Skip navigation
Mosaics and mosaic making information from The joy of shards Mosaics Resource

You are in: Visits --> London --> St Paul's

Mosaics at St Paul's Cathedral, London

Yes, there are some wonderful mosaics in St Paul's Cathedral, and, no, you're not allowed to take pictures of them (the illustrations here are from tiles in St Paul's underground station).

The mosaics at Saint Paul's are in several locations. The most colourful are way up on the ceiling and in the arches. They were installed on the orders of Queen Victoria, who thought that the cathedral was not colourful enough. The designs - many by William Blake Richmond (1842-1921) - are strongly influenced by Byzantine mosaics, but with elements of more contemporary styles. A major cleaning programme in 2003 has left the mosaics brilliantly bright, almost psychedelic in the intensity of their colours.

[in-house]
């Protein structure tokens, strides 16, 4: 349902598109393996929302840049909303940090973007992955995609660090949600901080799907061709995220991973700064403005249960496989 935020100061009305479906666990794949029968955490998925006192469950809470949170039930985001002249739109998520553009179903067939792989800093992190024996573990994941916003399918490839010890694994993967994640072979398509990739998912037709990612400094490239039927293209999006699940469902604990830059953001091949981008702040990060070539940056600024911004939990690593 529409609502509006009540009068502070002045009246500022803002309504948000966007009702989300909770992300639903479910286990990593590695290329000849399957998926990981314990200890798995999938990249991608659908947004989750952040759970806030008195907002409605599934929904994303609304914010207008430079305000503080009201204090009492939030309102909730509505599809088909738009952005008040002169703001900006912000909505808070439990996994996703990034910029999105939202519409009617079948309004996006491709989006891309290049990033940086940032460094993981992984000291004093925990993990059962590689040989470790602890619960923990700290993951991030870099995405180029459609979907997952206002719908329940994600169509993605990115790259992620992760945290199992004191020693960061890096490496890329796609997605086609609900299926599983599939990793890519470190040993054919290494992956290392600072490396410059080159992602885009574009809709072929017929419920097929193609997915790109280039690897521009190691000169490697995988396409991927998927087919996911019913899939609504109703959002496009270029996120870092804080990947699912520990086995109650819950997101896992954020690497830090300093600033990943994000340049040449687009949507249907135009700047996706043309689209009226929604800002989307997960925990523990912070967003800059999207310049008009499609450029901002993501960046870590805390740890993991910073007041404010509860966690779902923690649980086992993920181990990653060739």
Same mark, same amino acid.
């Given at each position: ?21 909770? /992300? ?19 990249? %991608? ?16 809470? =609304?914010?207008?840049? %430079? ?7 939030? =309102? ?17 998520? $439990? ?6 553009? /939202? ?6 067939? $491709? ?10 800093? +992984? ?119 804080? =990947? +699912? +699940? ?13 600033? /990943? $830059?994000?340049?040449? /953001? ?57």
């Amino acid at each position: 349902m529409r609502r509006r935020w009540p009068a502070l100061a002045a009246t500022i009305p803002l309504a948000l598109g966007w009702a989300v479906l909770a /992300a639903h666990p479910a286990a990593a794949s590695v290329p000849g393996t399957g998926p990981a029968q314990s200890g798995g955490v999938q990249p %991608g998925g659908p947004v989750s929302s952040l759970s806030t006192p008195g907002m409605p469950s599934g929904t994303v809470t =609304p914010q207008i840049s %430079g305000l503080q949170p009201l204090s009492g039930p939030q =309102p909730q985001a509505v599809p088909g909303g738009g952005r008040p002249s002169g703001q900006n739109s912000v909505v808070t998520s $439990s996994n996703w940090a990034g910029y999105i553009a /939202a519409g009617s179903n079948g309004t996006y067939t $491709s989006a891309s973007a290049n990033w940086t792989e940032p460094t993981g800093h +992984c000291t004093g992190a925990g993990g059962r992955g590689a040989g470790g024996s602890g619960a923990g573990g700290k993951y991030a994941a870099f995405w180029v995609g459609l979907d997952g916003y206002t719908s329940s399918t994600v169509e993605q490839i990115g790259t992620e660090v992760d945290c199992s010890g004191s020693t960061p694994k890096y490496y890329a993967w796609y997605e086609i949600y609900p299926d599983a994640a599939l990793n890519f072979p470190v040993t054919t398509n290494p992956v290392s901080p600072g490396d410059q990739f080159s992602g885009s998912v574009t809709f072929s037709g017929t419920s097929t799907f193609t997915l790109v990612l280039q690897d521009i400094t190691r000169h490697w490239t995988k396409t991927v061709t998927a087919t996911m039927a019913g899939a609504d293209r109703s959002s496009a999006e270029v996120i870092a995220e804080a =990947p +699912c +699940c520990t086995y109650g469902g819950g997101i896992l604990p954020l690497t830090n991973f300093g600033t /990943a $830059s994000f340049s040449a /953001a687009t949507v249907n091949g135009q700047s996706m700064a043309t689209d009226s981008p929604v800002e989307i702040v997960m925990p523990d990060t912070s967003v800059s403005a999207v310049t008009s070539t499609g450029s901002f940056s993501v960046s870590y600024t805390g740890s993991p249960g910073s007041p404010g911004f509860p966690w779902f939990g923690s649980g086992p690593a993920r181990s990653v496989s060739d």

In the crypt are some other mosaics not to be missed. The floor around the tombs of Horatio Nelson and the Duke of Wellington are a mosaic made by women prisoners at Woking Gaol in the 19th century. The overall style is Roman-like, but again it has been adapted slightly. There are sun and moon motifs, palm trees, and an anchor. My favourite is the crocodile at the head of Nelson's tomb. It is exquisite, especially if you forgive the impossible way its tail curls round.

Saint Paul's cathedral

Also in the crypt is the OBE chapel. One tomb here (that of the composer Hubert Parry 1848-1918) has mosaic lettering, and the memorial for Robert Billing (1834-1898, Bishop of Bedford) has some mosaic and opus sectile.

In the main part of the cathedral there is a photomosaic picture of the cathedral and its dome, made up of around 50,000 small photos of other nearby churches and details of St Paul's.

The St Paul's web site has very little on the mosaics, although the 360 degree panorama of Nelson's tomb does show the floor of the crypt.

st pauls tube station tile

Griffon tile

2001-8 All pictures and text are copyright
the joy of shards Mosaics Resource